There’s a similar aspect of cognition and communication in “Out of the Tunnel,” written by Danielle Eva Schwob especially for PUBLIQuartet. And, reading Schwob’s August 2021 essay for The Strad on composing for strings, it’s not surprising to hear her describe the process in corporeal terms. “Strings to me have always felt analogous to the human voice in a way that makes them particularly challenging,” she writes. “The way we connect to them feels almost physiological—a mirroring of our own voices. It’s a natural expression of raw emotion—largely, in my opinion, due to the absence of frets, keys, or other means of separating notes from one another.” 

This can, as Schwob adds, go “abysmally wrong” with the wrong fingerings or articulations. That isn’t the case, however, with “Out of the Tunnel.” The first movement, “Fast,” springs out of the gate—like Nathan’s moving train once it’s hit cruising velocity—and charges through flashes of landscapes. Finely choreographed harmonies in the “Slow” movement luxuriate in the mechanics of a more capacious tempo, in no apparent rush to re-accelerate. 

“Out of the Tunnel” is just the opening gambit for an album of the same name, which features a quintet of other works by Schwob, some of which build on the theme of physical movement—such as “Traveling North,” featuring Simon Boyar and Nathalie Joachim. Others focus on the theme of visual movement. Building on the Pollock-like splashes of scenery that Schwob calls our attention to in “Out of the Tunnel,” she gives over to full synesthesia with the cello solo “Reflections on Francis Bacon” and the piano work “Reflections on Lucian Freud.” In this way, too, Schwob mirrors Nathan’s “Missing Words,” shaping something aural out of a visual medium, finding as much meaning in the method as in the final product. 

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I can’t think of any train reference that connects “Together,” Judd Greenstein’s luminous new 13-minute work released as a single with yMusic, to the other albums this week. Although listening to it did put me in the mood to rewatch “Plan of the City,” a film that dips the old orange-and-yellow New York City subway cars in an amber of nostalgia, underscored by Greenstein’s 2009 work, “Change.” Both works begin with a solo flute—in fact, the same flutist in both recordings is Alex Sopp. Both layer instruments and miniature leitmotifs over this central heartbeat, establishing musical characters and building a narrative of connections and contrasts. Both feel oddly reflective of their times: “Change,” named for the old—and misquoted—Gandhi adage, captures a sense of Obama-era optimism that, in 2022, feels a bit like wearing a wool sweater in the middle of August.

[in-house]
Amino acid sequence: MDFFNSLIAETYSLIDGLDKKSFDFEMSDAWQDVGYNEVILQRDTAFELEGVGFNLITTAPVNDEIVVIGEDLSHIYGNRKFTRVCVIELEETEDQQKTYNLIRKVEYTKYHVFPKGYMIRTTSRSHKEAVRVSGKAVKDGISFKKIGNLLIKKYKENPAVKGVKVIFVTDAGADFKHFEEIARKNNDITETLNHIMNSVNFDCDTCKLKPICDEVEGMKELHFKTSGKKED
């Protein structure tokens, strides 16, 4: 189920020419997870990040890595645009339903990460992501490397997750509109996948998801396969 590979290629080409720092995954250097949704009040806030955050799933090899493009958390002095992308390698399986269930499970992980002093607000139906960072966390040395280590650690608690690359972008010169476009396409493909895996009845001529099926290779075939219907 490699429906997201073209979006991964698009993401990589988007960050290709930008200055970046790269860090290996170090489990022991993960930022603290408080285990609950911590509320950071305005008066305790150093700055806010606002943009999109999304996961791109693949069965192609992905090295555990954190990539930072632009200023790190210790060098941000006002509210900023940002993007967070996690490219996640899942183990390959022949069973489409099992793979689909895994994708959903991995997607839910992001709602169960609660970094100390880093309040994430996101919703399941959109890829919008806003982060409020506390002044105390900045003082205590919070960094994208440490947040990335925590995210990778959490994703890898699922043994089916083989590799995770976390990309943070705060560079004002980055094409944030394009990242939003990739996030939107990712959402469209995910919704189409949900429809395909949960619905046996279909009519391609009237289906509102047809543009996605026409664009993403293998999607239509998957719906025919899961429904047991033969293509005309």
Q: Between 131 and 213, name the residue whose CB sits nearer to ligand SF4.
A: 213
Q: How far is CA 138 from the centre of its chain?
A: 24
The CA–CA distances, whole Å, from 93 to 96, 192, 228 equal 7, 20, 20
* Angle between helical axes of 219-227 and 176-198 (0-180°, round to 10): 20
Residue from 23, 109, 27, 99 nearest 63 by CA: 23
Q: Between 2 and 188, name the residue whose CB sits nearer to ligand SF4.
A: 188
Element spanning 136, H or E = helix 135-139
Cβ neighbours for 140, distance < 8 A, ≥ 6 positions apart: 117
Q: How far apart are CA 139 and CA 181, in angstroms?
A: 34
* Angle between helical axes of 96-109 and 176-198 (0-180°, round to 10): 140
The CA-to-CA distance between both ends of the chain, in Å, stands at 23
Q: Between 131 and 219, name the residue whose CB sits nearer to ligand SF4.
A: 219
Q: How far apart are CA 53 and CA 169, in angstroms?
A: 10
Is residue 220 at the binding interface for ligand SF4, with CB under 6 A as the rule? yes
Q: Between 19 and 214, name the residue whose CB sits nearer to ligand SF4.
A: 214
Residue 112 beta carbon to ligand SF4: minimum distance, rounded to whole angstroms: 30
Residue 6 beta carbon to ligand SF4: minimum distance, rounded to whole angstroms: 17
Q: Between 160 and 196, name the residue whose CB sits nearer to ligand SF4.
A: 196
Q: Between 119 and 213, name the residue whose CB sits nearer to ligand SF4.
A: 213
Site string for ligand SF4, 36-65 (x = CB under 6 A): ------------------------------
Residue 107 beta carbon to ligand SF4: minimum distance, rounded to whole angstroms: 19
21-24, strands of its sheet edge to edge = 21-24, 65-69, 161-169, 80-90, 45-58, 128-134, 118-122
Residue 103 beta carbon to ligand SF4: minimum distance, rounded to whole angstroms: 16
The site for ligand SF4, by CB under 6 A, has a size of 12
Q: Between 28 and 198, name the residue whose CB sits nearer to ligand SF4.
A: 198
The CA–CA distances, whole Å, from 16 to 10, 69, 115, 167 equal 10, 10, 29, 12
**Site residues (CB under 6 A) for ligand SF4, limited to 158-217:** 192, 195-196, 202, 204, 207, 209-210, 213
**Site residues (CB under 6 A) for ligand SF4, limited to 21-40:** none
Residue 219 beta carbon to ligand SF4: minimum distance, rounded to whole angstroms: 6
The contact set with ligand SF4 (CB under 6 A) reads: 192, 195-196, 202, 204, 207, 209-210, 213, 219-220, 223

But we’re not left in the cold with “Together.” The optimism of “Change” transmutes in Greenstein’s new work which, as the name suggests, is surrounded in the atmosphere of the last two years. Originally commissioned pre-pandemic for yMusic, Greenstein adapted the opening movement (“Together Not Together”) so that it could be played by the six ensemble members over video without needing to be in lockstep sync with one another. They’re Todd Rundgren’s parallel lines, moving along the spiral but never crossing over. In the past, Greenstein has described his music as “escalating up from silence,” which captures the kinetic movement here. That motion blooms into a polyglot’s kaleidoscope. Rather than fall apart like a construction site in Babel, however, the second and third movements bring the ensemble together both physically and sonically. Language, meaning, and music merge. ¶